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Rogue Sounds

In the last issue of The Messenger, this reporter wrote about how the vitality of Ashland’s music scene has taken a massive nosedive recently, while the scene in Grants Pass is on the upswing. That article was about the lack of venues, and how that restricts stylistic diversity, but the

“I was raised on video games, superheroes and sports. It was only fitting that I call myself Dude Skywalker,” Medford rapper Dude Skywalker says on the bio section of his Facebook. His new album, F#ck You Peacefully, follows suit, opening with a sampled rant from one Jeff “his Dudeness” Lebowski,

On The River South’s website, the band says that people tell them they sound like Van Morrison, to which they reportedly say, “actually we sound like The River South.” Despite that canned answer, Van Morrison is definitely an influence you can hear in the band’s recently released self-titled debut EP.

There are days when it feels like Southern Oregon has as many string bands as it does pine trees. And with stylized uniformity like that, it can be hard for any of them to really stand out. But that’s a nifty track managed with aplomb by The John Dough Boys

Warhol had soup cans. Bowie had space. Motley Crue had girls, girls, and lessee…. right, girls. Sometimes an artist just finds their thing and sticks to it. Such is the case with Ashland band Fractal Love Jam. Every album cover is fractals. Every poster. Every show-augmenting projection. And the band

In a smaller market like the Rogue Valley, there are some fingers that seem to be in every pie. The property management company that controls every building, the entrepreneur that owns every business, the performers and artists involved in every happening. T Poe Varnado is such a performer. The Ashland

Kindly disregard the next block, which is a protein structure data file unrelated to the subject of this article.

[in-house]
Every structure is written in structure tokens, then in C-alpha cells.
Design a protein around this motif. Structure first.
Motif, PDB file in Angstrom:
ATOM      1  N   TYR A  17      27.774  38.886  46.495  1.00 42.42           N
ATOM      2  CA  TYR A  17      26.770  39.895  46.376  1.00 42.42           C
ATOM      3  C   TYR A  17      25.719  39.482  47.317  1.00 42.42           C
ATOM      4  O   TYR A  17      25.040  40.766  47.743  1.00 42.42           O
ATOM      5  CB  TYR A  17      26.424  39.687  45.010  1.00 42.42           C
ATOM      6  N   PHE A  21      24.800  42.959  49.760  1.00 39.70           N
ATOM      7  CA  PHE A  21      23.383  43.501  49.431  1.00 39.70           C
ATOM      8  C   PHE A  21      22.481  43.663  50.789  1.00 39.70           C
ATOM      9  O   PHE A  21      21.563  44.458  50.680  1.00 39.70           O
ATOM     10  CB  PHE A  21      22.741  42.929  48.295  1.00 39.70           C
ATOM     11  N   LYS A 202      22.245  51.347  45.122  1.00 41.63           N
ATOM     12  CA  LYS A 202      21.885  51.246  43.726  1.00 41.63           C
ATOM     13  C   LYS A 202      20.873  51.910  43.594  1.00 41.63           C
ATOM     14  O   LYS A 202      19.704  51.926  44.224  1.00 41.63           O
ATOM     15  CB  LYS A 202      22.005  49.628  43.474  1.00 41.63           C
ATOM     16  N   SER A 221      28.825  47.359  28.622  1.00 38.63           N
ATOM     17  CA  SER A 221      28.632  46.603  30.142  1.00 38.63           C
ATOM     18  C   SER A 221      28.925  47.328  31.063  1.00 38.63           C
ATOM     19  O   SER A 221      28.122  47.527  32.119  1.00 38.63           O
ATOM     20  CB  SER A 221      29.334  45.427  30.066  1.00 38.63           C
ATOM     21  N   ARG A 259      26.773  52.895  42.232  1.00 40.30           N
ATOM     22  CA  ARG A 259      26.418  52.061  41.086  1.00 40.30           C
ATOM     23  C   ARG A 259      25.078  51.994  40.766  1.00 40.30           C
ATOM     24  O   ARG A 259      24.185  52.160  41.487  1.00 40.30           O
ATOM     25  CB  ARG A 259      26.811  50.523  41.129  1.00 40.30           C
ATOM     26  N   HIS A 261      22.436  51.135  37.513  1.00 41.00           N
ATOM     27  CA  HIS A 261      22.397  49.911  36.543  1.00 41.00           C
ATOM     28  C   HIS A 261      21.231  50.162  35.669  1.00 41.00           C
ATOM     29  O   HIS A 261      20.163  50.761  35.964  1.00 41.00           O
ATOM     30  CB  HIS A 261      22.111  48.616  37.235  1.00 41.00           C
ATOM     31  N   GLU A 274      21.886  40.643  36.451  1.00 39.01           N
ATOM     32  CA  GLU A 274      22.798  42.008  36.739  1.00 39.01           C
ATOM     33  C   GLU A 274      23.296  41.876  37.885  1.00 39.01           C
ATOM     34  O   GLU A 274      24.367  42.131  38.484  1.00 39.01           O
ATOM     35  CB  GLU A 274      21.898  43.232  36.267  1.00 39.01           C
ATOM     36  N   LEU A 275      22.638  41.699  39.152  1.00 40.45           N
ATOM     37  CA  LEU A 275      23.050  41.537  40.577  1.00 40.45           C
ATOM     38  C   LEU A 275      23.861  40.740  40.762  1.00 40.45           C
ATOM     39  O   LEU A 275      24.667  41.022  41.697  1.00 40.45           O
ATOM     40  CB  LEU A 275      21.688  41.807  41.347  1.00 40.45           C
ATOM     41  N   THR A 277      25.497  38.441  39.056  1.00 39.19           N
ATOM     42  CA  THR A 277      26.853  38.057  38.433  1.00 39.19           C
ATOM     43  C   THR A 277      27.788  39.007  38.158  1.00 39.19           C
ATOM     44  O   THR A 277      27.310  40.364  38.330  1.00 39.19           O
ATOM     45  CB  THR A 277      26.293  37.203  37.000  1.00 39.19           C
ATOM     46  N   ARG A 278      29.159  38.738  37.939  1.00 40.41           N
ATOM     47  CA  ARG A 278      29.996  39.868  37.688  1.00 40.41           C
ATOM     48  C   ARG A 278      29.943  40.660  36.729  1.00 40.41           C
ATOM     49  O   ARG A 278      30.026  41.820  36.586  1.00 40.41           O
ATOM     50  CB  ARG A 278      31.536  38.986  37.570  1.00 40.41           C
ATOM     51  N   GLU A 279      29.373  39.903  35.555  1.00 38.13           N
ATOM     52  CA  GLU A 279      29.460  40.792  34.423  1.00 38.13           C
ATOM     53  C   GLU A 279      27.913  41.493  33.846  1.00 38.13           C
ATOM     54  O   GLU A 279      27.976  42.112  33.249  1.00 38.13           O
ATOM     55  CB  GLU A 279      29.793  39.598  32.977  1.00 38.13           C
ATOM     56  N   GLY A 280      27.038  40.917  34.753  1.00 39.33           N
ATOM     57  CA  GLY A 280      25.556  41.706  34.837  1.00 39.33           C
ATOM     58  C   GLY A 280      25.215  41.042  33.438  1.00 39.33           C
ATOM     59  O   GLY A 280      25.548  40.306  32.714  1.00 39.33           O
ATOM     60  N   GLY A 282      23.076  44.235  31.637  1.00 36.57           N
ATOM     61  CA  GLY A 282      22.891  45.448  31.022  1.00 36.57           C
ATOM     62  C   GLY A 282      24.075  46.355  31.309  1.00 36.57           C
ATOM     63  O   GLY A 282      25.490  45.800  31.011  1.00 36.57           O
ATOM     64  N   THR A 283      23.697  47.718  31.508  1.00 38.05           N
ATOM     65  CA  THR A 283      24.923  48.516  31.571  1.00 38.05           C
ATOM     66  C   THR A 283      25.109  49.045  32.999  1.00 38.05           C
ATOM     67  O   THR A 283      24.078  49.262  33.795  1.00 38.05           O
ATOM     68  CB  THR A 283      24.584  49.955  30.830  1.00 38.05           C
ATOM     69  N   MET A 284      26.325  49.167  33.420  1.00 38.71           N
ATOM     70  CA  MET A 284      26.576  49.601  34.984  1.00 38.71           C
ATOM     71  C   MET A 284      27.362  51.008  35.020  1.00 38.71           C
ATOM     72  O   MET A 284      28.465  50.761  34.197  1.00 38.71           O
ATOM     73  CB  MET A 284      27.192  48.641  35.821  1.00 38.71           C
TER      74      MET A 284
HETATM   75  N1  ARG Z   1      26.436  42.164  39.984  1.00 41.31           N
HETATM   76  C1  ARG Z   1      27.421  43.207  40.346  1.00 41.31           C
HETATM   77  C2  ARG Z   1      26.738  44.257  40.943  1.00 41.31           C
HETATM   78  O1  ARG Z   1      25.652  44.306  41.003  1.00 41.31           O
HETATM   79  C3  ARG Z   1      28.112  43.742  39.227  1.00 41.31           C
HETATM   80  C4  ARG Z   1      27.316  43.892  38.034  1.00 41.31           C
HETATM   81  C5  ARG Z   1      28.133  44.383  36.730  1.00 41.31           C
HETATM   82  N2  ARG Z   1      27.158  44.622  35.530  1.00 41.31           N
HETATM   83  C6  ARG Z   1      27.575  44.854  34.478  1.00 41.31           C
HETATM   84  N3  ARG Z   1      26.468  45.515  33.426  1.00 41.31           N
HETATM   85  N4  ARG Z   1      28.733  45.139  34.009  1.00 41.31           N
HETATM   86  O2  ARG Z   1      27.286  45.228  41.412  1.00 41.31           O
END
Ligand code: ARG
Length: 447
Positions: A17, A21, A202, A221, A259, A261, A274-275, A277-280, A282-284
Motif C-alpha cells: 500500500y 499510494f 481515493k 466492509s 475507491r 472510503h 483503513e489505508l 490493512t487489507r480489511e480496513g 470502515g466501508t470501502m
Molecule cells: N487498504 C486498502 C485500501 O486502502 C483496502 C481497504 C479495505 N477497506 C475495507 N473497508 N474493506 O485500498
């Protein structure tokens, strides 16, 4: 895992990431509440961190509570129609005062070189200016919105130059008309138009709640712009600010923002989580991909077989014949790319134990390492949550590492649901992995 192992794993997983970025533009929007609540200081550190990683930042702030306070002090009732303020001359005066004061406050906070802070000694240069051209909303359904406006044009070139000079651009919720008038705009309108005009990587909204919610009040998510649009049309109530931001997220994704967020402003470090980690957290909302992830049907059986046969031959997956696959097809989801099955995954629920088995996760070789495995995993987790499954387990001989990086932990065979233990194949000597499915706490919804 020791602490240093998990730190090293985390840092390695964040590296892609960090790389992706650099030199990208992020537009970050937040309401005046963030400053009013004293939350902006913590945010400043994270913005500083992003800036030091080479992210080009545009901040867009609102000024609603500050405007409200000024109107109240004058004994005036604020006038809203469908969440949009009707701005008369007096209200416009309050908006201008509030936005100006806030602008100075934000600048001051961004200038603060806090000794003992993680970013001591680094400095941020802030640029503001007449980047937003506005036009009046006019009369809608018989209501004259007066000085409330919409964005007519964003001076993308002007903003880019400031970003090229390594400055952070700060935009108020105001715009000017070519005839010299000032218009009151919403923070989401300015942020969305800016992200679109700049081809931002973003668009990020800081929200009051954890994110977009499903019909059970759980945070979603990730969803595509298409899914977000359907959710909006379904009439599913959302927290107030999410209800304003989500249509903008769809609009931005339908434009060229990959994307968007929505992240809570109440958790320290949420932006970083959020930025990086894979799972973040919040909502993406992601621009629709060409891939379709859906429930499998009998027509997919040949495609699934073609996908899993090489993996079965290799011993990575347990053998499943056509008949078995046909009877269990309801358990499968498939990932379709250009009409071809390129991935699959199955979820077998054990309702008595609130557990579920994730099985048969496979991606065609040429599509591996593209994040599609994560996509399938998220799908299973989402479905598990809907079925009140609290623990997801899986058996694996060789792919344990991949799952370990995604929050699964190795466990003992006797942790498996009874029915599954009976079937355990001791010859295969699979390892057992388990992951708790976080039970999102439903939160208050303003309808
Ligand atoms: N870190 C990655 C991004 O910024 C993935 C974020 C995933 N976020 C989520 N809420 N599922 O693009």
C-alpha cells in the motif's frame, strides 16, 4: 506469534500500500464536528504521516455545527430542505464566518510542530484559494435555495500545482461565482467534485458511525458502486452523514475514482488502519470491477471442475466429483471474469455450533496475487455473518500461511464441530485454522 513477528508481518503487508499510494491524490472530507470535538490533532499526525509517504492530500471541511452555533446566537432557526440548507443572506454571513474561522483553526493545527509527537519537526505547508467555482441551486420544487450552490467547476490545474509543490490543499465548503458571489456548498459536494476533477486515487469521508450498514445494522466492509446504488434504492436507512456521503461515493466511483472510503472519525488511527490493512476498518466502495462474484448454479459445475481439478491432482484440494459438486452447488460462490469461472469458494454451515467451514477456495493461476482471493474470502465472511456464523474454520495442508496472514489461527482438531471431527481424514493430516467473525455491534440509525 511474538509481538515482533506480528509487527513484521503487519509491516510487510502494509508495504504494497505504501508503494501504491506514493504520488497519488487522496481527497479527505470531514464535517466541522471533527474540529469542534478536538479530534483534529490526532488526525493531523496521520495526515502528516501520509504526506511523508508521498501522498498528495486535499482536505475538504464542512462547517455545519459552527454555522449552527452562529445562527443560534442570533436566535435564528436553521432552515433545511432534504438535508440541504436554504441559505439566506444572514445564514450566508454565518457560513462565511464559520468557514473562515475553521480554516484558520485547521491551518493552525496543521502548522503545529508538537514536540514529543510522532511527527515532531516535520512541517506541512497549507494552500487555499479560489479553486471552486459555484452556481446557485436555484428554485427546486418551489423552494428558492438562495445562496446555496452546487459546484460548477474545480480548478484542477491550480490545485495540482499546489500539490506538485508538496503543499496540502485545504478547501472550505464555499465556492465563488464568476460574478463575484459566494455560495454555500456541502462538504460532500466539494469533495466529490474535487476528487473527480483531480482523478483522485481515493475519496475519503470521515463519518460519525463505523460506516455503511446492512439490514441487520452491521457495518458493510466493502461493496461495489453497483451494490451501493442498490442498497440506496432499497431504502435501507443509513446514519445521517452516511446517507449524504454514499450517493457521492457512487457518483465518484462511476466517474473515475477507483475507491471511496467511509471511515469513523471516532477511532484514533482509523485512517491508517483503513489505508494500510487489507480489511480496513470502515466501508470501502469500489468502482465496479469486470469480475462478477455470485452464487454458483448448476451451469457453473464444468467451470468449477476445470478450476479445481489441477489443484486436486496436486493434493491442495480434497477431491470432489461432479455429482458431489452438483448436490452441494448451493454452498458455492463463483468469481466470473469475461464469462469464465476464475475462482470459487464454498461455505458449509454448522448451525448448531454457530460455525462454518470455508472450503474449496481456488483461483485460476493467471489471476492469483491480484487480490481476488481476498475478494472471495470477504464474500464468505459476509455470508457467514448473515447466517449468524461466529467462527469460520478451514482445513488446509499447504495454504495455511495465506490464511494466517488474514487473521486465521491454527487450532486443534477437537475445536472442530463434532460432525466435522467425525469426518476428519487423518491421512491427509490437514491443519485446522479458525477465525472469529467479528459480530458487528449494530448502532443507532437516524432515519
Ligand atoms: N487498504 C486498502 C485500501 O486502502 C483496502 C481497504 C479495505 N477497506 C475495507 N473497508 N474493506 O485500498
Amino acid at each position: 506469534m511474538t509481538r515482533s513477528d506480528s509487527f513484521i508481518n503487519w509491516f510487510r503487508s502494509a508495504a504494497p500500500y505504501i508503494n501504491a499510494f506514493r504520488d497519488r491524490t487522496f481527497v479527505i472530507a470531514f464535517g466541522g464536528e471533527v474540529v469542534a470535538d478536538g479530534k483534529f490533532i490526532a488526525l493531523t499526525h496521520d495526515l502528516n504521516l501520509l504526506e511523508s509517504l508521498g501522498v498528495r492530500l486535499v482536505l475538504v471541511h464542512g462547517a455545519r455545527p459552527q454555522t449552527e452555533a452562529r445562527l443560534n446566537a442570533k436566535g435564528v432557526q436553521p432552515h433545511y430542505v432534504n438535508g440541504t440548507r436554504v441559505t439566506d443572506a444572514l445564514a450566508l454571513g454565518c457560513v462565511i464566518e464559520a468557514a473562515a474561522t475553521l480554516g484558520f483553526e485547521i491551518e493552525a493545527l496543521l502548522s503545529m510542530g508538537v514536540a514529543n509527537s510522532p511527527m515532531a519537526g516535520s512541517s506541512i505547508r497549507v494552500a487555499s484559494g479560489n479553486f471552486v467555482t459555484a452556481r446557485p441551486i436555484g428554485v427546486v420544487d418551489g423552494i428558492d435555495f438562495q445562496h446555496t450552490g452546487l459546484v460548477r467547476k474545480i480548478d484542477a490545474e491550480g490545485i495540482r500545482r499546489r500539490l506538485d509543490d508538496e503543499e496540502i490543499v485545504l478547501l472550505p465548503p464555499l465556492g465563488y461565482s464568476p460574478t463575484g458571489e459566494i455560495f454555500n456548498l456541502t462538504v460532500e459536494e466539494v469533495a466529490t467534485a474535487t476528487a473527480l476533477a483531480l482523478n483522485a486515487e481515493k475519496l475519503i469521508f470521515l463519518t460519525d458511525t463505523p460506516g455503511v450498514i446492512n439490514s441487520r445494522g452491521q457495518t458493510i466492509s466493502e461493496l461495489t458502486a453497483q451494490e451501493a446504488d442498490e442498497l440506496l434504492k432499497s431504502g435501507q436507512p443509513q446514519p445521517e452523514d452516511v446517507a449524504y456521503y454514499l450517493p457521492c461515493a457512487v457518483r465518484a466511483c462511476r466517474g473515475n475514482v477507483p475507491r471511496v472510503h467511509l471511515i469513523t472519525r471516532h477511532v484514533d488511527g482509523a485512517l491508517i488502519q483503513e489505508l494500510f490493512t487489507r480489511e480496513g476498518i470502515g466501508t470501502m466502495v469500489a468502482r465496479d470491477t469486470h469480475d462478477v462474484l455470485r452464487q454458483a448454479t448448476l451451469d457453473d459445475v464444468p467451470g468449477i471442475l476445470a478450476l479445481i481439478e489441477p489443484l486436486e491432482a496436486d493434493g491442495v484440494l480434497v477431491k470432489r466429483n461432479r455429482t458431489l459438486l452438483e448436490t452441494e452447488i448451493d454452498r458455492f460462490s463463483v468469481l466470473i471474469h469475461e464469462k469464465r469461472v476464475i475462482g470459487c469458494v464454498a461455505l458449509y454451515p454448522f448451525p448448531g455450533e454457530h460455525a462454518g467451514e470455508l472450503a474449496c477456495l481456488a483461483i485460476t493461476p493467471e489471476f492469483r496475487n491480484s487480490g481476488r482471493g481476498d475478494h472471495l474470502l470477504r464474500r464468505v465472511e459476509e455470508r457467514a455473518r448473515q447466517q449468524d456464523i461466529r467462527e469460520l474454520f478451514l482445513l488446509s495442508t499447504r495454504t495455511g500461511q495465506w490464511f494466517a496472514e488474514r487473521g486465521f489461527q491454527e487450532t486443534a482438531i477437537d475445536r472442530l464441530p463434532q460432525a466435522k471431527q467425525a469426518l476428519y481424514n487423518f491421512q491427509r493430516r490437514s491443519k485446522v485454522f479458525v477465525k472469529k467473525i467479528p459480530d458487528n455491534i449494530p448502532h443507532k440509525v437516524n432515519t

Though there is no sonic comparison whatsoever, I can’t help but think of The Rocky Horror Picture Show when talking about the self-titled debut from Ashland band, The Sky System. Because it had me shivering with antici….pation. The two-piece ambient electro-rock band is—in this critic’s mind anyhow—one of the more

The Brothers Reed, half of local cowpunks Bucklerash, launched as an acoustic duo a little over a year ago. Their debut album, Sick as Folk, was one of 2015’s best local albums, chock full of catchy songcraft and the sweet oozinaahs of the bros entrancing two-part harmonies. But the band’s

The Legendary Goodtimes 2013 self-titled album is an exercise in purism, with 12 tracks of straight-ahead no-nonsense rock and roll, recorded on analog equipment in single takes. Their follow-up, This is Rock and Roll, which the band will officially release at Howiee’s on Front on Sat., March 5, is even

  It’s no secret that Southern Oregon’s generation gap is second only in size to Nietsche’s abyss. As a retirement mecca, the young are fine to keep around for washing dishes in cafes, but are politely invited to move to Portland if they want to be heard, not just seen.